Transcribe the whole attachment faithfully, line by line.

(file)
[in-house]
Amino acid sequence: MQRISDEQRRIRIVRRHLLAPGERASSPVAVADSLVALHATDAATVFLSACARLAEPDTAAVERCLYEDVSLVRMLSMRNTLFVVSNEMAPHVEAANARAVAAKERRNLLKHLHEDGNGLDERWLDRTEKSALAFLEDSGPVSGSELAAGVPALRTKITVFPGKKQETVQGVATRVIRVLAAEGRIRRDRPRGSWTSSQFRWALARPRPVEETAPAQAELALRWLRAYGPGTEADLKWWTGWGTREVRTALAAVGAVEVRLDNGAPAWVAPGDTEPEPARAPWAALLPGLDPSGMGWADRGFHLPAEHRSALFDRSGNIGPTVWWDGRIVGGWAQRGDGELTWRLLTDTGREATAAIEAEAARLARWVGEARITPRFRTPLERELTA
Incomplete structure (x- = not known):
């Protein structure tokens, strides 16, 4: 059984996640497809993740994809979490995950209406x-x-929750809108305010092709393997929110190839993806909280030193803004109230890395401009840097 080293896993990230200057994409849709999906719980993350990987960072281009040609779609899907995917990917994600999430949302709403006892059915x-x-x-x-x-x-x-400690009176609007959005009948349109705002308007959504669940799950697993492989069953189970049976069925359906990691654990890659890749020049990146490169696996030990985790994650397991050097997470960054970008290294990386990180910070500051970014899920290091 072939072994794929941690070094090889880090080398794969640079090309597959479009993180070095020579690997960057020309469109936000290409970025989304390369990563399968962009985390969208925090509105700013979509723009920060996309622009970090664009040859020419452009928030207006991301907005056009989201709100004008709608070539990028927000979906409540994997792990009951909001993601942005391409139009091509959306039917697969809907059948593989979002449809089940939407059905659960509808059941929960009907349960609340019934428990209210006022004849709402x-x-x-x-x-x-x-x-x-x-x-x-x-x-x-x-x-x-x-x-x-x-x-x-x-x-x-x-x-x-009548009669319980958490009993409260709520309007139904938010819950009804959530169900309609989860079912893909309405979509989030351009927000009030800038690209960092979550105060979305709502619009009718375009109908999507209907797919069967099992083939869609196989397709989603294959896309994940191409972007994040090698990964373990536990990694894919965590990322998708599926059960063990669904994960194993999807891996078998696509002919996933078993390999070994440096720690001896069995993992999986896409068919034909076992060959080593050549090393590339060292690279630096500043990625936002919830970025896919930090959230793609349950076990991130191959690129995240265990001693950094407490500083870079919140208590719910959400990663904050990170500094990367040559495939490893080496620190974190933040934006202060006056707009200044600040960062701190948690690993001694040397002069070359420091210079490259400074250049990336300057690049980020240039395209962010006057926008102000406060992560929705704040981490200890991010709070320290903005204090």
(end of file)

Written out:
[in-house]
Amino acid sequence: MQRISDEQRRIRIVRRHLLAPGERASSPVAVADSLVALHATDAATVFLSACARLAEPDTAAVERCLYEDVSLVRMLSMRNTLFVVSNEMAPHVEAANARAVAAKERRNLLKHLHEDGNGLDERWLDRTEKSALAFLEDSGPVSGSELAAGVPALRTKITVFPGKKQETVQGVATRVIRVLAAEGRIRRDRPRGSWTSSQFRWALARPRPVEETAPAQAELALRWLRAYGPGTEADLKWWTGWGTREVRTALAAVGAVEVRLDNGAPAWVAPGDTEPEPARAPWAALLPGLDPSGMGWADRGFHLPAEHRSALFDRSGNIGPTVWWDGRIVGGWAQRGDGELTWRLLTDTGREATAAIEAEAARLARWVGEARITPRFRTPLERELTA
Incomplete structure (x- = not known):
């Protein structure tokens, strides 16, 4: 059984996640497809993740994809979490995950209406x-x-929750809108305010092709393997929110190839993806909280030193803004109230890395401009840097 080293896993990230200057994409849709999906719980993350990987960072281009040609779609899907995917990917994600999430949302709403006892059915x-x-x-x-x-x-x-400690009176609007959005009948349109705002308007959504669940799950697993492989069953189970049976069925359906990691654990890659890749020049990146490169696996030990985790994650397991050097997470960054970008290294990386990180910070500051970014899920290091 072939072994794929941690070094090889880090080398794969640079090309597959479009993180070095020579690997960057020309469109936000290409970025989304390369990563399968962009985390969208925090509105700013979509723009920060996309622009970090664009040859020419452009928030207006991301907005056009989201709100004008709608070539990028927000979906409540994997792990009951909001993601942005391409139009091509959306039917697969809907059948593989979002449809089940939407059905659960509808059941929960009907349960609340019934428990209210006022004849709402x-x-x-x-x-x-x-x-x-x-x-x-x-x-x-x-x-x-x-x-x-x-x-x-x-x-x-x-x-x-009548009669319980958490009993409260709520309007139904938010819950009804959530169900309609989860079912893909309405979509989030351009927000009030800038690209960092979550105060979305709502619009009718375009109908999507209907797919069967099992083939869609196989397709989603294959896309994940191409972007994040090698990964373990536990990694894919965590990322998708599926059960063990669904994960194993999807891996078998696509002919996933078993390999070994440096720690001896069995993992999986896409068919034909076992060959080593050549090393590339060292690279630096500043990625936002919830970025896919930090959230793609349950076990991130191959690129995240265990001693950094407490500083870079919140208590719910959400990663904050990170500094990367040559495939490893080496620190974190933040934006202060006056707009200044600040960062701190948690690993001694040397002069070359420091210079490259400074250049990336300057690049980020240039395209962010006057926008102000406060992560929705704040981490200890991010709070320290903005204090």